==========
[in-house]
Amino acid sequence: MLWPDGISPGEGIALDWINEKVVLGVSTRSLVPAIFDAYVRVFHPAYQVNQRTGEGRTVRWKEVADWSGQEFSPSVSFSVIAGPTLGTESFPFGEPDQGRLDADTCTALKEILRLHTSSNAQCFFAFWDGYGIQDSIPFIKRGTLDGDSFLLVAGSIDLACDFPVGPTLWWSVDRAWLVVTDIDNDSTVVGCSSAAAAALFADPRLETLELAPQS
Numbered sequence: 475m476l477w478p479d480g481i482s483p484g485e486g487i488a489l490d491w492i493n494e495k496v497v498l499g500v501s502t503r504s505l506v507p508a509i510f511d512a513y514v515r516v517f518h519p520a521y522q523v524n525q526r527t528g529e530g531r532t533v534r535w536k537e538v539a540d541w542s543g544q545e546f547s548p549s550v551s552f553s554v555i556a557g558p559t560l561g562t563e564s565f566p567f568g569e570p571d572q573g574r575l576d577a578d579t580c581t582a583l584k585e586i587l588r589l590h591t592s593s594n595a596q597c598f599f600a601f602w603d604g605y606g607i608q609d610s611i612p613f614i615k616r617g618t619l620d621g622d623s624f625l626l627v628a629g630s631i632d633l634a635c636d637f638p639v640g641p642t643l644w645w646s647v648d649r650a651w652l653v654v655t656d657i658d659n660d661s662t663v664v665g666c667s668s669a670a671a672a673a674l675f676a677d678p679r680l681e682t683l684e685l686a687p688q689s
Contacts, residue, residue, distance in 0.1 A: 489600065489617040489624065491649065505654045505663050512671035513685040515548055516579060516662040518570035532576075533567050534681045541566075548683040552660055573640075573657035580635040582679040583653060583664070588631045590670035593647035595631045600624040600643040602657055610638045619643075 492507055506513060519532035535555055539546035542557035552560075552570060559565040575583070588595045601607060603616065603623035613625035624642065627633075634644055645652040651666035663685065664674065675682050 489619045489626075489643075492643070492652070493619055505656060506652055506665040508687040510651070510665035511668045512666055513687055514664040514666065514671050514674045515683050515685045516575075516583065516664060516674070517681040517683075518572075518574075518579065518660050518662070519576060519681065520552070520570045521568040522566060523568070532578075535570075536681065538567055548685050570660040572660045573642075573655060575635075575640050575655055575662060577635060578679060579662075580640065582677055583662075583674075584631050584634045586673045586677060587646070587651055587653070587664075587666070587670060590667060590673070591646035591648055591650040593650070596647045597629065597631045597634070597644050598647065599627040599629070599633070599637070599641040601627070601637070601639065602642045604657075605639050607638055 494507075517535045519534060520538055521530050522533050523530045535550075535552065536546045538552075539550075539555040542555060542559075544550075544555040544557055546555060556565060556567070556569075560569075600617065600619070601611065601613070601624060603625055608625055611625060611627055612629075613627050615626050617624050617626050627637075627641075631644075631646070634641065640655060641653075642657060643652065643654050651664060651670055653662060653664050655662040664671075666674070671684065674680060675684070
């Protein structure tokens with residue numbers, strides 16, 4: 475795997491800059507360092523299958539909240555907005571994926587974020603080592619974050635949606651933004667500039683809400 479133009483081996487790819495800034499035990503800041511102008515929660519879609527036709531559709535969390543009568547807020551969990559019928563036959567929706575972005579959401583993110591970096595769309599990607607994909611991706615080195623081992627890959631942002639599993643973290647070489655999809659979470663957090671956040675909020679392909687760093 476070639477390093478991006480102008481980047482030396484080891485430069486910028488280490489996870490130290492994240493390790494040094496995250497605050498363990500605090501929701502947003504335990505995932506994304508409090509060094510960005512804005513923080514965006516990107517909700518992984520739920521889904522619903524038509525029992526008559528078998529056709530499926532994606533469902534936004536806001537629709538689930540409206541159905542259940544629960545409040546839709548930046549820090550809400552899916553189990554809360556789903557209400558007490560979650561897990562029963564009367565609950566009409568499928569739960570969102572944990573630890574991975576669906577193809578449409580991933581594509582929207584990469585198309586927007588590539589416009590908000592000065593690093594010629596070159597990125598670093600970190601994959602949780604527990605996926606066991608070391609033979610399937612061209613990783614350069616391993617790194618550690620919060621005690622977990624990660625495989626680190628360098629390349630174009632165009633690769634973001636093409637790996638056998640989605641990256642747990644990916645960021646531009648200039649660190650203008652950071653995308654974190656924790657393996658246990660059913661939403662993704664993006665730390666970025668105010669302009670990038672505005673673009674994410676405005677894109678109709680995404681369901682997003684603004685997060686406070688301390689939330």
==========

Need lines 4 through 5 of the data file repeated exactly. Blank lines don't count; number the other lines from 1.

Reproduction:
Contacts, residue, residue, distance in 0.1 A: 489600065489617040489624065491649065505654045505663050512671035513685040515548055516579060516662040518570035532576075533567050534681045541566075548683040552660055573640075573657035580635040582679040583653060583664070588631045590670035593647035595631045600624040600643040602657055610638045619643075 492507055506513060519532035535555055539546035542557035552560075552570060559565040575583070588595045601607060603616065603623035613625035624642065627633075634644055645652040651666035663685065664674065675682050 489619045489626075489643075492643070492652070493619055505656060506652055506665040508687040510651070510665035511668045512666055513687055514664040514666065514671050514674045515683050515685045516575075516583065516664060516674070517681040517683075518572075518574075518579065518660050518662070519576060519681065520552070520570045521568040522566060523568070532578075535570075536681065538567055548685050570660040572660045573642075573655060575635075575640050575655055575662060577635060578679060579662075580640065582677055583662075583674075584631050584634045586673045586677060587646070587651055587653070587664075587666070587670060590667060590673070591646035591648055591650040593650070596647045597629065597631045597634070597644050598647065599627040599629070599633070599637070599641040601627070601637070601639065602642045604657075605639050607638055 494507075517535045519534060520538055521530050522533050523530045535550075535552065536546045538552075539550075539555040542555060542559075544550075544555040544557055546555060556565060556567070556569075560569075600617065600619070601611065601613070601624060603625055608625055611625060611627055612629075613627050615626050617624050617626050627637075627641075631644075631646070634641065640655060641653075642657060643652065643654050651664060651670055653662060653664050655662040664671075666674070671684065674680060675684070
């Protein structure tokens with residue numbers, strides 16, 4: 475795997491800059507360092523299958539909240555907005571994926587974020603080592619974050635949606651933004667500039683809400 479133009483081996487790819495800034499035990503800041511102008515929660519879609527036709531559709535969390543009568547807020551969990559019928563036959567929706575972005579959401583993110591970096595769309599990607607994909611991706615080195623081992627890959631942002639599993643973290647070489655999809659979470663957090671956040675909020679392909687760093 476070639477390093478991006480102008481980047482030396484080891485430069486910028488280490489996870490130290492994240493390790494040094496995250497605050498363990500605090501929701502947003504335990505995932506994304508409090509060094510960005512804005513923080514965006516990107517909700518992984520739920521889904522619903524038509525029992526008559528078998529056709530499926532994606533469902534936004536806001537629709538689930540409206541159905542259940544629960545409040546839709548930046549820090550809400552899916553189990554809360556789903557209400558007490560979650561897990562029963564009367565609950566009409568499928569739960570969102572944990573630890574991975576669906577193809578449409580991933581594509582929207584990469585198309586927007588590539589416009590908000592000065593690093594010629596070159597990125598670093600970190601994959602949780604527990605996926606066991608070391609033979610399937612061209613990783614350069616391993617790194618550690620919060621005690622977990624990660625495989626680190628360098629390349630174009632165009633690769634973001636093409637790996638056998640989605641990256642747990644990916645960021646531009648200039649660190650203008652950071653995308654974190656924790657393996658246990660059913661939403662993704664993006665730390666970025668105010669302009670990038672505005673673009674994410676405005677894109678109709680995404681369901682997003684603004685997060686406070688301390689939330």